Marginal expenditure: Design, energy and environment. Sandy Halliday.

This German SolarBau funding programme provided support for demonstration projects in energy saving. It consciously did not provide capital funding but instead supported design work.

Photo: Prisma Nuremberg.
Photo and text by permission Sandy Halliday abstract from her book: Sustainable Construction – second edition. 

Sandy Halliday ressursgruppe Greenbuilt

A review of completed demonstration projects concluded that in most cases the expenditure on energy conservation and environmental aspects was marginal.

Design value

Another aspect of the review related the demonstration projects to the “normal” building industry. The cost of construction and services were considered (exclusive of planning/design and the associated SolarBau funding).

The buildings were largely delivered at below-average costs and indicated that energy-related measures integrated at an early stage do not adversely impact on building cost. If this trend to comparable lower costs continued, then it would appear conclusive that:

  • Additional design input leads to savings in capital costs and/or
  • Additional costs are entirely compensated through lower costs elsewhere (shifted priorities), for example, in fit-out standards.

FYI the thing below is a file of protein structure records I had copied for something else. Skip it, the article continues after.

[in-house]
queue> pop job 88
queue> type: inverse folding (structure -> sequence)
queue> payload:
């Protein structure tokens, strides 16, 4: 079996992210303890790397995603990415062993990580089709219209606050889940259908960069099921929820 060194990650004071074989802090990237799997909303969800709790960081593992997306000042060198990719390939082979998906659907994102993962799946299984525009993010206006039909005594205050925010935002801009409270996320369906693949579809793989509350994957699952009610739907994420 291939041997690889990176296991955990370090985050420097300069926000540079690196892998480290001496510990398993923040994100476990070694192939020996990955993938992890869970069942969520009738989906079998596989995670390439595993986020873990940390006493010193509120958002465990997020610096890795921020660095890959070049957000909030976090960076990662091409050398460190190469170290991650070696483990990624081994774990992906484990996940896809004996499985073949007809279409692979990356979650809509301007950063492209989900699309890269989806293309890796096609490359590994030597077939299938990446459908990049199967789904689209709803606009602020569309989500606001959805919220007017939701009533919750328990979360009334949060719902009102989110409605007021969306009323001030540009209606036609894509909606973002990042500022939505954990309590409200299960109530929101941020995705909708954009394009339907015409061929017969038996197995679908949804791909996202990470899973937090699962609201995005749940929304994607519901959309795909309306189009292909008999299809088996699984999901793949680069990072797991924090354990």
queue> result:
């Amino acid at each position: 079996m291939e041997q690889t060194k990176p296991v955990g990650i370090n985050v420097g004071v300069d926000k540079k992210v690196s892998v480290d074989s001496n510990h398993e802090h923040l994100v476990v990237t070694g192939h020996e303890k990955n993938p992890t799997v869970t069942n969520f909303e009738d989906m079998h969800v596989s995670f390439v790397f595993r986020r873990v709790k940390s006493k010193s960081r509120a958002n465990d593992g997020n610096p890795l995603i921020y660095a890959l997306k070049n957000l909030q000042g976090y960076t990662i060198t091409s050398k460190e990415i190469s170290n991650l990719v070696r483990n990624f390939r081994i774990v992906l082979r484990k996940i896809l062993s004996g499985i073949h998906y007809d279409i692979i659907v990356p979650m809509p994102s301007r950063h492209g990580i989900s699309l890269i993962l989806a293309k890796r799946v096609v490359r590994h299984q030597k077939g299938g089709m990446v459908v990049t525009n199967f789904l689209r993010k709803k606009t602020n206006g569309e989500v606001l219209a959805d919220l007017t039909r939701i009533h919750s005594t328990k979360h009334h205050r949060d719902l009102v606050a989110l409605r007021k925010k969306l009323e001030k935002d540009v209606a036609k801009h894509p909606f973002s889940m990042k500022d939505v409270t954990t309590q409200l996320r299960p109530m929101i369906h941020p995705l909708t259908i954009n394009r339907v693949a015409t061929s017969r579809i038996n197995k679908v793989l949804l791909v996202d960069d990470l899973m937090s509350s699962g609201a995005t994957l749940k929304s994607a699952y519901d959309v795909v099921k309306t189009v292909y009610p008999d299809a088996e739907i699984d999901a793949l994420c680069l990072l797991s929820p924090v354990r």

Germany and UK fee scales in construction

In Germany, fee scales are percentage linked to the construction costs. These are strictly controlled within agreed limits and have not fallen into the downward competitive spiral now evident in the United Kingdom.

These results supported the demand for a reform of the fee structure for architects and engineers in Germany to decouple the design fee from the capital cost.

Similar arguments have been made about costs of building services in the United Kingdom.

Some practices claim to operate on a percentage of building rather than on services costs with incentive bonuses to design out services.

However, there has been little movement on the issue on the part of the professional bodies.

In the United Kingdom there are no incentives currently operating to encourage more design input at the early stages.

Prisma Nuremburg. Sandy Halliday

Prisma Nuremburg. Sandy Halliday

Read: Chris Butters: Circular Ecodesign, Materials and the Value Chain (



Book: Sustainable construction second edition. Sandy Halliday.-2019  page 88

Book Sustainable Construction 2nd edition by Sandy Halliday

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